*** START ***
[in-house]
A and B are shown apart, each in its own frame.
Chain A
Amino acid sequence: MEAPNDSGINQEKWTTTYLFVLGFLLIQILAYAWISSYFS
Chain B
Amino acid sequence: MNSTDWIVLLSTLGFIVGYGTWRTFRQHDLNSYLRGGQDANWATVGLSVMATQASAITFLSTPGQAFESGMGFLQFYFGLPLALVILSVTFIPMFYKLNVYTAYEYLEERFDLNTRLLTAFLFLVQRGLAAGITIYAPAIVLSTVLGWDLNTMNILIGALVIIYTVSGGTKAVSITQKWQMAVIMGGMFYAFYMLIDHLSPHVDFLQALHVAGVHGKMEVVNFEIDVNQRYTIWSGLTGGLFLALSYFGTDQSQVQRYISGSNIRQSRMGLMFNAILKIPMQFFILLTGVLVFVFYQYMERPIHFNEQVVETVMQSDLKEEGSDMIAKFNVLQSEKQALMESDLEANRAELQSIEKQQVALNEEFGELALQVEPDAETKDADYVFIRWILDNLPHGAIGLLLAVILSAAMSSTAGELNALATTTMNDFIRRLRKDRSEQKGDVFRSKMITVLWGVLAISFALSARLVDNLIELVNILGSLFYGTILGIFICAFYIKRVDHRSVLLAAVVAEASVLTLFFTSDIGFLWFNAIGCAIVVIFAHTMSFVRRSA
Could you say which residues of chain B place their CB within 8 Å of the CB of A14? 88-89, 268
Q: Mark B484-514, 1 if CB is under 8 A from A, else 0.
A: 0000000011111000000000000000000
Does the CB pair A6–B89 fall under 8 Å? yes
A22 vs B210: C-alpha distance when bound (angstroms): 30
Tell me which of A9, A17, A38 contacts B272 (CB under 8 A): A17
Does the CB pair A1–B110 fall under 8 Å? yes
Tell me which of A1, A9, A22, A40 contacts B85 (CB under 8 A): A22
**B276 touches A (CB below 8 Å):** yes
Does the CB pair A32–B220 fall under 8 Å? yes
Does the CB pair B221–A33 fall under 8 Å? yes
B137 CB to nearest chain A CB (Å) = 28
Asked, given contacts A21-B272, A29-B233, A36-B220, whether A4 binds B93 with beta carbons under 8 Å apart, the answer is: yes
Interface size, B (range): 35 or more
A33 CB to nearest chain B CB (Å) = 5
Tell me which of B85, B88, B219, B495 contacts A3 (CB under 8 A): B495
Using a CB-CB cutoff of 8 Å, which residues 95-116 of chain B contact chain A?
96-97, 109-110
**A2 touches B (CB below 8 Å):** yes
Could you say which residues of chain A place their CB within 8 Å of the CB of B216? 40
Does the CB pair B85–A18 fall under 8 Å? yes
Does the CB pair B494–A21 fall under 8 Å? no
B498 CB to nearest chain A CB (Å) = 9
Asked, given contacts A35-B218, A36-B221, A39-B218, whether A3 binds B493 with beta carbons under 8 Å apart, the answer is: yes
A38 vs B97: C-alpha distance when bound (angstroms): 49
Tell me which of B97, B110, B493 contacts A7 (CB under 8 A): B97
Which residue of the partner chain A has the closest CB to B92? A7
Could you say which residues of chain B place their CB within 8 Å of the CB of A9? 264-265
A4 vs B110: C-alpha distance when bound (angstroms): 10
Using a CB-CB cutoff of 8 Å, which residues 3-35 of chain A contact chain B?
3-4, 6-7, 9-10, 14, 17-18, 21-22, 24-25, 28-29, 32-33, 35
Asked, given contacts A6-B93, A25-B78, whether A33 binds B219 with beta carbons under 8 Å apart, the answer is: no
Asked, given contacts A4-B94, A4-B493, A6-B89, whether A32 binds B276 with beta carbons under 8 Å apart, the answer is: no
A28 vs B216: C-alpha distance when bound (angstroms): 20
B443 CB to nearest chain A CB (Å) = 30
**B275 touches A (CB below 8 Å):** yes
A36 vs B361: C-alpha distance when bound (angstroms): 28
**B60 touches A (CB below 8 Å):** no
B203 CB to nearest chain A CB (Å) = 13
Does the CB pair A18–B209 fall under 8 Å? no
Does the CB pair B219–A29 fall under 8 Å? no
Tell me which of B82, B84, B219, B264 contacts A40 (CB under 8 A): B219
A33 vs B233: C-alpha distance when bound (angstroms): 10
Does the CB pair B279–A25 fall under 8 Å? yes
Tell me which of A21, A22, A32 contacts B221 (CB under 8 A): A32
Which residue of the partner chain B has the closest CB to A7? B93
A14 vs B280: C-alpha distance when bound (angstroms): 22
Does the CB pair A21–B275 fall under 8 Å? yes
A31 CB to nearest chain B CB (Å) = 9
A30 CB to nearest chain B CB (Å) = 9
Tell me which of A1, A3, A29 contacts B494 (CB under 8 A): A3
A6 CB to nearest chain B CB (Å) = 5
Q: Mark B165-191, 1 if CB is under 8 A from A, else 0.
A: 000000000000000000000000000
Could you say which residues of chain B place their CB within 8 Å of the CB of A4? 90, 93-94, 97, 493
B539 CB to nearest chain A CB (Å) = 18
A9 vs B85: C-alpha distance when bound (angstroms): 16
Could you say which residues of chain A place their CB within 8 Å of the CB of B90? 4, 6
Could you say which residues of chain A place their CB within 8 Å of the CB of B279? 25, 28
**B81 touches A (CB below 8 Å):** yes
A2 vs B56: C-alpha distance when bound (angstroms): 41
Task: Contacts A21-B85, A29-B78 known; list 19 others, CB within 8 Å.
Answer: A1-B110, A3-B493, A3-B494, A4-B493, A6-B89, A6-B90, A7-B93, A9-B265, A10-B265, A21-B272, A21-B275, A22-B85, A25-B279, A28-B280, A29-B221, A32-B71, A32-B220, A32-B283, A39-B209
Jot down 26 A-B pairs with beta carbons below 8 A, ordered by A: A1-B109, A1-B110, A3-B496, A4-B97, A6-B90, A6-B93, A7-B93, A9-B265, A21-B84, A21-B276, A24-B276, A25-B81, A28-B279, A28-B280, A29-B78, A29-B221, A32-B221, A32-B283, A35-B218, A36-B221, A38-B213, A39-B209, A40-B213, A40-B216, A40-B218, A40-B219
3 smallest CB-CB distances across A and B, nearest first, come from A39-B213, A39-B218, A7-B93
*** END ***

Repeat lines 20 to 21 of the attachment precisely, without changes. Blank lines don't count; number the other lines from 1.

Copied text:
Interface size, B (range): 35 or more
A33 CB to nearest chain B CB (Å) = 5